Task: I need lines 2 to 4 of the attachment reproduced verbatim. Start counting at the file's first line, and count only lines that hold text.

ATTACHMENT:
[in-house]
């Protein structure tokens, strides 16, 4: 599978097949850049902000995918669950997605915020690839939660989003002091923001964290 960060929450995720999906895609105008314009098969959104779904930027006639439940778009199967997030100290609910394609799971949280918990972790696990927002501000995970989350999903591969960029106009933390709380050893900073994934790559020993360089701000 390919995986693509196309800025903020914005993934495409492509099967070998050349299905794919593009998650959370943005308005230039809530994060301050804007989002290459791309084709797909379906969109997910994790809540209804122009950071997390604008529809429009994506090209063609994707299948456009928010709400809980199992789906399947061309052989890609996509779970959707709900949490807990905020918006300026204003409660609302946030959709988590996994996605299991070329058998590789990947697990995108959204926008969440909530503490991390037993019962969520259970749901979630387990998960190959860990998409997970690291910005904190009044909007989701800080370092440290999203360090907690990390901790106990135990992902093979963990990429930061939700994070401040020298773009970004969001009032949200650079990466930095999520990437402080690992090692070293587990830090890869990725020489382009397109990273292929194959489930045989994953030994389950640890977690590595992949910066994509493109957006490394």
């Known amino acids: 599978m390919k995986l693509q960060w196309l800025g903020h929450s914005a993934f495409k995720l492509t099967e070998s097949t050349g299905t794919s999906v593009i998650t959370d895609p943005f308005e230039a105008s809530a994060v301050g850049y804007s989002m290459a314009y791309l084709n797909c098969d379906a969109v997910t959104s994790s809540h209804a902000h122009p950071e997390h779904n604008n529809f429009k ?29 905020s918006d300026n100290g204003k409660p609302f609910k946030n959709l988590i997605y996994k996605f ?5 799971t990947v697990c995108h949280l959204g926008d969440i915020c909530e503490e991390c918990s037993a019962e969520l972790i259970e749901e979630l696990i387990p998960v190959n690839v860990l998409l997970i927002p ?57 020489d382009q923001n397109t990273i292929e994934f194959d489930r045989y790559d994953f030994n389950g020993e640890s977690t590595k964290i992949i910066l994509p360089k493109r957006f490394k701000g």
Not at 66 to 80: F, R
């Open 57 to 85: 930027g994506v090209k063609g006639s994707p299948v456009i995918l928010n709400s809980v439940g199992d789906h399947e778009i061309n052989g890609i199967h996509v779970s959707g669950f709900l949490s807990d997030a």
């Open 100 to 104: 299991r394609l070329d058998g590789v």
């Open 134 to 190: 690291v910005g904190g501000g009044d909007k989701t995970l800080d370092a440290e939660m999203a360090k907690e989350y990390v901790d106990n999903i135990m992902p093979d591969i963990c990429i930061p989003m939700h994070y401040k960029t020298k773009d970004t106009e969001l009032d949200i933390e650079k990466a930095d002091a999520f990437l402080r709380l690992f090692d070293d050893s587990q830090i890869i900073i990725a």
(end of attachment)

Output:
């Protein structure tokens, strides 16, 4: 599978097949850049902000995918669950997605915020690839939660989003002091923001964290 960060929450995720999906895609105008314009098969959104779904930027006639439940778009199967997030100290609910394609799971949280918990972790696990927002501000995970989350999903591969960029106009933390709380050893900073994934790559020993360089701000 390919995986693509196309800025903020914005993934495409492509099967070998050349299905794919593009998650959370943005308005230039809530994060301050804007989002290459791309084709797909379906969109997910994790809540209804122009950071997390604008529809429009994506090209063609994707299948456009928010709400809980199992789906399947061309052989890609996509779970959707709900949490807990905020918006300026204003409660609302946030959709988590996994996605299991070329058998590789990947697990995108959204926008969440909530503490991390037993019962969520259970749901979630387990998960190959860990998409997970690291910005904190009044909007989701800080370092440290999203360090907690990390901790106990135990992902093979963990990429930061939700994070401040020298773009970004969001009032949200650079990466930095999520990437402080690992090692070293587990830090890869990725020489382009397109990273292929194959489930045989994953030994389950640890977690590595992949910066994509493109957006490394």
């Known amino acids: 599978m390919k995986l693509q960060w196309l800025g903020h929450s914005a993934f495409k995720l492509t099967e070998s097949t050349g299905t794919s999906v593009i998650t959370d895609p943005f308005e230039a105008s809530a994060v301050g850049y804007s989002m290459a314009y791309l084709n797909c098969d379906a969109v997910t959104s994790s809540h209804a902000h122009p950071e997390h779904n604008n529809f429009k ?29 905020s918006d300026n100290g204003k409660p609302f609910k946030n959709l988590i997605y996994k996605f ?5 799971t990947v697990c995108h949280l959204g926008d969440i915020c909530e503490e991390c918990s037993a019962e969520l972790i259970e749901e979630l696990i387990p998960v190959n690839v860990l998409l997970i927002p ?57 020489d382009q923001n397109t990273i292929e994934f194959d489930r045989y790559d994953f030994n389950g020993e640890s977690t590595k964290i992949i910066l994509p360089k493109r957006f490394k701000g």
Not at 66 to 80: F, R